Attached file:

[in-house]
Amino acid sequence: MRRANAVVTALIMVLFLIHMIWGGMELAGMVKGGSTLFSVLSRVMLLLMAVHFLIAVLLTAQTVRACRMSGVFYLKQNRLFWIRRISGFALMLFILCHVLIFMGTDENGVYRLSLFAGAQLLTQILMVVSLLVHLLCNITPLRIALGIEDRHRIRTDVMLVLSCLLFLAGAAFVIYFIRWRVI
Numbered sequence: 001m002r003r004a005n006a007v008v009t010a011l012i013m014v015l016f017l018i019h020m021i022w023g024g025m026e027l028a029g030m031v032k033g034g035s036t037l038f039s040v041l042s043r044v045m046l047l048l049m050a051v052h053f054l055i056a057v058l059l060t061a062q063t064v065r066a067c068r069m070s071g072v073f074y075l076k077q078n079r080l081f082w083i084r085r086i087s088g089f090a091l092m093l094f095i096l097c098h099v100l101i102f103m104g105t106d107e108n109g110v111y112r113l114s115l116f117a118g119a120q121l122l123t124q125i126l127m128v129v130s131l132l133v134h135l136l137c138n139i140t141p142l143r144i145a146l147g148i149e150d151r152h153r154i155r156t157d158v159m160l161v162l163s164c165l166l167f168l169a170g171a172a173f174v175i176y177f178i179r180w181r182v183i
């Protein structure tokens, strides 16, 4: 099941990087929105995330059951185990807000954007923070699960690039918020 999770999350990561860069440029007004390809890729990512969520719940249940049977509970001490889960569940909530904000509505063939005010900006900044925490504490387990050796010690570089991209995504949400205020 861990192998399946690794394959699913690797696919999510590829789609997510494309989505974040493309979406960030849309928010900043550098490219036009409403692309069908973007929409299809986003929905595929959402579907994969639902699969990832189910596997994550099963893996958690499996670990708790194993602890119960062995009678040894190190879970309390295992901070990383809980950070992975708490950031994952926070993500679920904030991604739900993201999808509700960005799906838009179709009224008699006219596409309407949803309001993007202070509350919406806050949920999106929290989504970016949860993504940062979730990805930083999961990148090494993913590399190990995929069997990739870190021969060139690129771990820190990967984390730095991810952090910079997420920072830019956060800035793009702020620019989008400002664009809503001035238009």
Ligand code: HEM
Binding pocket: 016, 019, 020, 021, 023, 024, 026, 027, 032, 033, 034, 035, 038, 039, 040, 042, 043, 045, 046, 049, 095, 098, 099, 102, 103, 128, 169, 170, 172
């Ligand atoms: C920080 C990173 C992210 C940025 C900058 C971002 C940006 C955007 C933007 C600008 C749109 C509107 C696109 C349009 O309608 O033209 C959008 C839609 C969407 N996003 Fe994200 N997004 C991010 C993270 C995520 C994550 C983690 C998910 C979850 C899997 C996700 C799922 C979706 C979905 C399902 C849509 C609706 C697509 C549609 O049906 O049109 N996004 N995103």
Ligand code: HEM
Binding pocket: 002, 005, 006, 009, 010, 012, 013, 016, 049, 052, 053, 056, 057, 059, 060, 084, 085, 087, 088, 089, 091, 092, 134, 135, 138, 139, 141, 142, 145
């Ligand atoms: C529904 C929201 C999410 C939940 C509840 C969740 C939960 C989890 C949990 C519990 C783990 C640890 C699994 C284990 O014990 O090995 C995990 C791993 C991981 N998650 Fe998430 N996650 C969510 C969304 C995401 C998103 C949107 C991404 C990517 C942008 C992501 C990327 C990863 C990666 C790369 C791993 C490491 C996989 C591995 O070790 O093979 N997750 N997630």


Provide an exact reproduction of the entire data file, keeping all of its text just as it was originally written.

[in-house]
Amino acid sequence: MRRANAVVTALIMVLFLIHMIWGGMELAGMVKGGSTLFSVLSRVMLLLMAVHFLIAVLLTAQTVRACRMSGVFYLKQNRLFWIRRISGFALMLFILCHVLIFMGTDENGVYRLSLFAGAQLLTQILMVVSLLVHLLCNITPLRIALGIEDRHRIRTDVMLVLSCLLFLAGAAFVIYFIRWRVI
Numbered sequence: 001m002r003r004a005n006a007v008v009t010a011l012i013m014v015l016f017l018i019h020m021i022w023g024g025m026e027l028a029g030m031v032k033g034g035s036t037l038f039s040v041l042s043r044v045m046l047l048l049m050a051v052h053f054l055i056a057v058l059l060t061a062q063t064v065r066a067c068r069m070s071g072v073f074y075l076k077q078n079r080l081f082w083i084r085r086i087s088g089f090a091l092m093l094f095i096l097c098h099v100l101i102f103m104g105t106d107e108n109g110v111y112r113l114s115l116f117a118g119a120q121l122l123t124q125i126l127m128v129v130s131l132l133v134h135l136l137c138n139i140t141p142l143r144i145a146l147g148i149e150d151r152h153r154i155r156t157d158v159m160l161v162l163s164c165l166l167f168l169a170g171a172a173f174v175i176y177f178i179r180w181r182v183i
């Protein structure tokens, strides 16, 4: 099941990087929105995330059951185990807000954007923070699960690039918020 999770999350990561860069440029007004390809890729990512969520719940249940049977509970001490889960569940909530904000509505063939005010900006900044925490504490387990050796010690570089991209995504949400205020 861990192998399946690794394959699913690797696919999510590829789609997510494309989505974040493309979406960030849309928010900043550098490219036009409403692309069908973007929409299809986003929905595929959402579907994969639902699969990832189910596997994550099963893996958690499996670990708790194993602890119960062995009678040894190190879970309390295992901070990383809980950070992975708490950031994952926070993500679920904030991604739900993201999808509700960005799906838009179709009224008699006219596409309407949803309001993007202070509350919406806050949920999106929290989504970016949860993504940062979730990805930083999961990148090494993913590399190990995929069997990739870190021969060139690129771990820190990967984390730095991810952090910079997420920072830019956060800035793009702020620019989008400002664009809503001035238009």
Ligand code: HEM
Binding pocket: 016, 019, 020, 021, 023, 024, 026, 027, 032, 033, 034, 035, 038, 039, 040, 042, 043, 045, 046, 049, 095, 098, 099, 102, 103, 128, 169, 170, 172
């Ligand atoms: C920080 C990173 C992210 C940025 C900058 C971002 C940006 C955007 C933007 C600008 C749109 C509107 C696109 C349009 O309608 O033209 C959008 C839609 C969407 N996003 Fe994200 N997004 C991010 C993270 C995520 C994550 C983690 C998910 C979850 C899997 C996700 C799922 C979706 C979905 C399902 C849509 C609706 C697509 C549609 O049906 O049109 N996004 N995103």
Ligand code: HEM
Binding pocket: 002, 005, 006, 009, 010, 012, 013, 016, 049, 052, 053, 056, 057, 059, 060, 084, 085, 087, 088, 089, 091, 092, 134, 135, 138, 139, 141, 142, 145
């Ligand atoms: C529904 C929201 C999410 C939940 C509840 C969740 C939960 C989890 C949990 C519990 C783990 C640890 C699994 C284990 O014990 O090995 C995990 C791993 C991981 N998650 Fe998430 N996650 C969510 C969304 C995401 C998103 C949107 C991404 C990517 C942008 C992501 C990327 C990863 C990666 C790369 C791993 C490491 C996989 C591995 O070790 O093979 N997750 N997630």